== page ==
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Passport checks on travellers leaving Britain are being brought in at the Port of Dover and Eurotunnel in Folkestone from today.
The Government is hoping a phased introduction of the new scheme will cut down on long queues for departing passengers.
But, Eurotunnel has warned of border travel "coming to a standstill'' in future years unless new smarter technology for the checks is introduced.
The Home Office has said the exit checks will improve the Government's understanding of who is leaving the UK and create "a much clearer picture of who is staying in the country when they have no right to be here''.
The checks will eventually see all passengers having their passports scanned and verified, but will be introduced gradually to try to minimise any possible disruption, changes are being introduced gradually.
For the first month, only 25% of the passports will be fully checked, with this percentage moving to 50% after one month and 100% by the middle of June.
As well as at sea ports, the checks are also being introduced at airports - but as airlines will be providing advance passenger information from an individual's travel documents, air passengers will not notice the new system in action.
A P&O Ferries spokesman at Dover said: "They have picked a quiet day for the introduction of the checks. We are hoping that there will be a fairly seamless transition to the new system.''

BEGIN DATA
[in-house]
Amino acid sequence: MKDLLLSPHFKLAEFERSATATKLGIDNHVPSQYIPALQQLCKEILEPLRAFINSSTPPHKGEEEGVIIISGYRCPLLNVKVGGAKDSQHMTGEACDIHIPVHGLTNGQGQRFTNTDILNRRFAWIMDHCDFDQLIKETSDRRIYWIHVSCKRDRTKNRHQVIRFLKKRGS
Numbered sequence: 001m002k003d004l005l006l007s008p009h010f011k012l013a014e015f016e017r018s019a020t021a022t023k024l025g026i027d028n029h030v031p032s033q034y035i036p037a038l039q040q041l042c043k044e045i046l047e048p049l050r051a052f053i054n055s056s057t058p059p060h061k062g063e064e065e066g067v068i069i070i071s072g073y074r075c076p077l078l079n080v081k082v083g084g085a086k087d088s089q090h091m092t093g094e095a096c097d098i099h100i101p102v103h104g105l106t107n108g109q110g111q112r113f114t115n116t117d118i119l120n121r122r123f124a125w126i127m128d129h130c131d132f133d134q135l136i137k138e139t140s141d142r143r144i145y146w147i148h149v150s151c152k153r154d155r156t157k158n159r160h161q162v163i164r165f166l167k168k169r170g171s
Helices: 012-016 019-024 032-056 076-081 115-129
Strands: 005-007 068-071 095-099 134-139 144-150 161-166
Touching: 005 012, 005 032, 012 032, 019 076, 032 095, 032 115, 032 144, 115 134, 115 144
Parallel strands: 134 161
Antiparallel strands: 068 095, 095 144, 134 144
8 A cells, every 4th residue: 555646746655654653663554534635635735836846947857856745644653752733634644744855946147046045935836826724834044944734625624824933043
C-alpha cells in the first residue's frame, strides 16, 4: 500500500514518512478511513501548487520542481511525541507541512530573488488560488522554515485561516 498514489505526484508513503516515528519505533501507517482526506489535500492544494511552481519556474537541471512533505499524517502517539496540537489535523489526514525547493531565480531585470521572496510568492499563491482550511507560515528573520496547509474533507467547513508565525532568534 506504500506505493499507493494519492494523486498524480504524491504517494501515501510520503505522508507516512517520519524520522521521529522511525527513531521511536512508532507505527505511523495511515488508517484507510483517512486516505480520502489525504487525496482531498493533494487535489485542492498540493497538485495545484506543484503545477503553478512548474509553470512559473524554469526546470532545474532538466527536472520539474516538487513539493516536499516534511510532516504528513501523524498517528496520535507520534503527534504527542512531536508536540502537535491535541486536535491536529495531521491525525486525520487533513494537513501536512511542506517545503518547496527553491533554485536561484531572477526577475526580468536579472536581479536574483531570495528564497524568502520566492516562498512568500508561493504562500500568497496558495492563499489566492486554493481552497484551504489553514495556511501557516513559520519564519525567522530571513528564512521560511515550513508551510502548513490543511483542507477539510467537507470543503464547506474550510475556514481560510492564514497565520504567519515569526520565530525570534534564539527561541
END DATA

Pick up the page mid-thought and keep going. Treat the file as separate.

Eurotunnel said that it was moving to full 100% checks straight away, with the company having spent £2.5 million on new systems, with road markings altered and 50 new staff taken on.
Eurotunnel public affairs director John Keefe went on: "There has been quite a lot of concern about the impact the checks will have, but we are comfortable about going to full operation from today.
"However, over the next five years we are looking at Eurotunnel growth of 20-25% in passengers and 30% in truck traffic. The Government's approach to managing the borders will bring them to a standstill - we need smarter technology.''
Speaking about today's introduction of the checks, a Home Office spokesman said : "Due to the different environments and scale of operations at ports, delivery approaches will vary.
"The Home Office has worked with carriers and ports to allow them to introduce exit checks in a way that aligns with their existing systems, including taking a phased approach at some ports to help minimise the impact on customers and on port operations.''
Speaking last month, Security and Immigration Minister James Brokenshire said: "It is right that we have an immigration system that is fair, that tackles illegal immigration and that clamps down on those who try to cheat the system by staying here when they have no right to do so.
"Exit checks will provide us with vital information that confirms a person's exit from the UK. The coalition Government committed to reintroducing them in 2010 and the Immigration Act 2014 put in place legislation which gave carrier and port staff the powers to carry out these checks.
"Port and travel operators are experts in their business and know their customers best, which is why we've supported them to design and trial the systems for collecting data in a way that will minimise the impact on customers.''